Texts and beliefs By Georgia Kaufmann 04th May 2022

Metzora could be misread as some kind of ancient cleaning manual. Misread because when “cleaning” involves splashing blood or ash about it has little to do with contemporary notions of hygiene. The biblical tum’ah ָ טְ אמָה ( (translates better as impurity or polluted. Much of Metzora concerns what must be done when people and things have come polluted. In religious terms contact with death, bodily fluids
(semen, blood and discharges) and everything associated with childbirth are all highly polluting.

Whilst odd discharges might well be dubious and signs of ill health, the regular, normal production of semen, menstrual blood, babies, and afterbirth are not. In fact, they are very much signs of good health and life that are related to the process of reproduction. The customs and observances that are associated with purifying after exposure to such pollutants began to be called collectively, in the
nineteenth century, Taharat Hamishpachah, Family Purity. According to Chabad maintaining family purity is as imperative as not eating chametz during Pesach, keeping the fast on Yom Kippur and performing ritual circumcision, brit milah.

Reading Metzora it is clear that both men and women are equally involved. Men must purify themselves after orgasm, both men and women after sex, and women after menstruation. Without doing much maths biblical men must have been very clean. Yet in contemporary practice whilst the laws of family purity amongst observant Jews are maintained as far as they concern women (niddah is the polluted state during and after menstruation when a woman abstains from intercourse), they are not so rigorously applied to men. Apparently in (ultra) orthodox circles men go to the mikveh every morning before prayer, some every week before Shabbat and more before Yom Kippur but none it seems are popping off after every orgasm.

This is a strange situation. Women are permitted not to perform positive time-bound commandments, such as prayer, donning tefillin and tallitot (which does not mean that they cannot choose to perform these mitzvoth). Men are generally expected to perform mitzvoth, outside of those relating to temple worship, the only exemption I know of is for blind men performing the Birkat HaLevanah. These are positive time commandments that apply equally, specifically and separately to men and women and yet it is the men who have slackened off. Could it be something as simple as men demanding purity of their wives, exercising patriarchal control of women’s bodies, whilst themselves being subject to their own bodies’ sexual urges?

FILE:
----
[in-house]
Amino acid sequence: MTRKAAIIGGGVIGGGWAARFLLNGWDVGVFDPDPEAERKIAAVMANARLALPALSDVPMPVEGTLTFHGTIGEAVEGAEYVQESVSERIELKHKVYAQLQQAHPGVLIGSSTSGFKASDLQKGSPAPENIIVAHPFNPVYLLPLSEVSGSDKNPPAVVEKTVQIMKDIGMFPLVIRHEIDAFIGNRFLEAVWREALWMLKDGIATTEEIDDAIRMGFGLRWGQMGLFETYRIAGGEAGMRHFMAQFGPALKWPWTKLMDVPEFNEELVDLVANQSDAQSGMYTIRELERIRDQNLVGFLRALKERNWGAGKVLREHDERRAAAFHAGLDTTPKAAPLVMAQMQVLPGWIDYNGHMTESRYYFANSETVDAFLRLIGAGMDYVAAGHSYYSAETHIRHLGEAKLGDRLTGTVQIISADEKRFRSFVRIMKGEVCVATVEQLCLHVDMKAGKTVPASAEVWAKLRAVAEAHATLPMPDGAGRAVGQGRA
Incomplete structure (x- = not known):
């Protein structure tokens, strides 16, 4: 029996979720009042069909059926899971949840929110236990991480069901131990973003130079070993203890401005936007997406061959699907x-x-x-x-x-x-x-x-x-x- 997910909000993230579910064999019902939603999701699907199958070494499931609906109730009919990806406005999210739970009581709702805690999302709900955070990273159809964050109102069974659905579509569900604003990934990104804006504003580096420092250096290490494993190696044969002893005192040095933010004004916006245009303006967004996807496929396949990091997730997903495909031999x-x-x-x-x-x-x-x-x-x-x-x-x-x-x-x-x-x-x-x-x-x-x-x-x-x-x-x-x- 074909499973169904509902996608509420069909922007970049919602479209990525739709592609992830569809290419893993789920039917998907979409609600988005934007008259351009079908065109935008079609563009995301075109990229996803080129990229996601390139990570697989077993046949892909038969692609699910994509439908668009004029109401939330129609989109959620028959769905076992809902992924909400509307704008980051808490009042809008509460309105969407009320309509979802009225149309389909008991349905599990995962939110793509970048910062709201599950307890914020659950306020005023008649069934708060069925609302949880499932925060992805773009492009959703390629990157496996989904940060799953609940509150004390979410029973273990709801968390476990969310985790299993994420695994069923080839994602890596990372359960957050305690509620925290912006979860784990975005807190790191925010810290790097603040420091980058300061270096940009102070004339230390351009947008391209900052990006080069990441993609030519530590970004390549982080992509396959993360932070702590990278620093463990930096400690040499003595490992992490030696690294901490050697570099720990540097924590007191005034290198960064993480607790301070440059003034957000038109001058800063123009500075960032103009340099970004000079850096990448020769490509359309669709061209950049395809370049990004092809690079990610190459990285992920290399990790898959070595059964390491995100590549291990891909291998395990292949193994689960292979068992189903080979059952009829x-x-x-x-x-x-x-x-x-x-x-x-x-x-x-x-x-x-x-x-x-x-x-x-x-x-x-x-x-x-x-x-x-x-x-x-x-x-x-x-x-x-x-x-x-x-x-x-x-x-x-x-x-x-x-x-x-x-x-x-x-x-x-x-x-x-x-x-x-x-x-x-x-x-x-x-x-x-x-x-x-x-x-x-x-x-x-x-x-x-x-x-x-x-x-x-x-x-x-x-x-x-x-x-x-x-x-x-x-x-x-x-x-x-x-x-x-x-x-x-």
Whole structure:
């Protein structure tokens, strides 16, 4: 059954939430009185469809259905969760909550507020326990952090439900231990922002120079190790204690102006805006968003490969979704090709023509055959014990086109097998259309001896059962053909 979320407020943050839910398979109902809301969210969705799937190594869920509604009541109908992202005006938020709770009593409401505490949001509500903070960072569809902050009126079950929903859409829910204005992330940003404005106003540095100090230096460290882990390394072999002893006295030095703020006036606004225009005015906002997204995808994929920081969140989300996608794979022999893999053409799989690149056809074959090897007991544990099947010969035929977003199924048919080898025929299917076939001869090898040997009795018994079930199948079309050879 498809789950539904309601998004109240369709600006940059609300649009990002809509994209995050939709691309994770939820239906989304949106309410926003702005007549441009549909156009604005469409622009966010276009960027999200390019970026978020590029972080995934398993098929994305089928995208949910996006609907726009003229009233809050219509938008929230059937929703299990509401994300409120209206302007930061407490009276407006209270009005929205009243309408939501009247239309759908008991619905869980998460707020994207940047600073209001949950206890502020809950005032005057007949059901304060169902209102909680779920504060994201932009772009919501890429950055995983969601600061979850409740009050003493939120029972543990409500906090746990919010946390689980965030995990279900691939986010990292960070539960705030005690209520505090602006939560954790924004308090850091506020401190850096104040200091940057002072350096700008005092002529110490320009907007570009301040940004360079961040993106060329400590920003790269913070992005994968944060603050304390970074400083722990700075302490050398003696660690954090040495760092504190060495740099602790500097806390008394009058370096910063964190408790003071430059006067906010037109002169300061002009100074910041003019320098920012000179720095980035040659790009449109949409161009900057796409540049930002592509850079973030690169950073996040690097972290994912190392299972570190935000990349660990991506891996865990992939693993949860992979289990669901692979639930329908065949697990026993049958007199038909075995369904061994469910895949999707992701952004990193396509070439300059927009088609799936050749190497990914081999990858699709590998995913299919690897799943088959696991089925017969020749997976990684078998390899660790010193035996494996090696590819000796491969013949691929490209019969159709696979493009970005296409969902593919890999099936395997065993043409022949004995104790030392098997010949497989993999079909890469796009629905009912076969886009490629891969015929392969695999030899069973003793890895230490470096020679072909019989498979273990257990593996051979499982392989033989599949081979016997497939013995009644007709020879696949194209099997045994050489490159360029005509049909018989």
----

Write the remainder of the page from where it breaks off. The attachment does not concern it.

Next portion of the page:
In Jewish religious practice, there is the notion of kiddushin – setting aside and sanctifying the holiest. It is an irony that women are set aside when they prepare to marry and are sanctified by this separation, and also when they have proved infertile (i.e. by menstruating). If life is hallowed, then procreation is a holy act. Every drop of blood lost, semen spilled (like Onan) is a desecration of life.

Tum’ah is also caused by death – the negation of life. Freud’s two great forces of Eros and Thanatos play out in our religious symbolism. I can see little sense in the commonplace understanding that these observances are for women. If what we are sanctifying and worshipping is creation and life then it is through women’s bodies that this extraordinary power plays out in our lives. A woman’s body is
the vessel for the dangerous powers of creation (imagine the Ark at the finale of Raiders of the Lost Ark). Metzora is the 28th parashah.

The focus on niddah and women’s polluted state and not the men’s might be a collective subconscious acceptance of women’s creative power. The menstrual cycle is commonly 28 days. In Gematriya, 28 corresponds to koakh, power or energy.

Georgia Kaufmann is an anthropologist and writer. She is a member of Kol Nefesh Masorti Synagogue.

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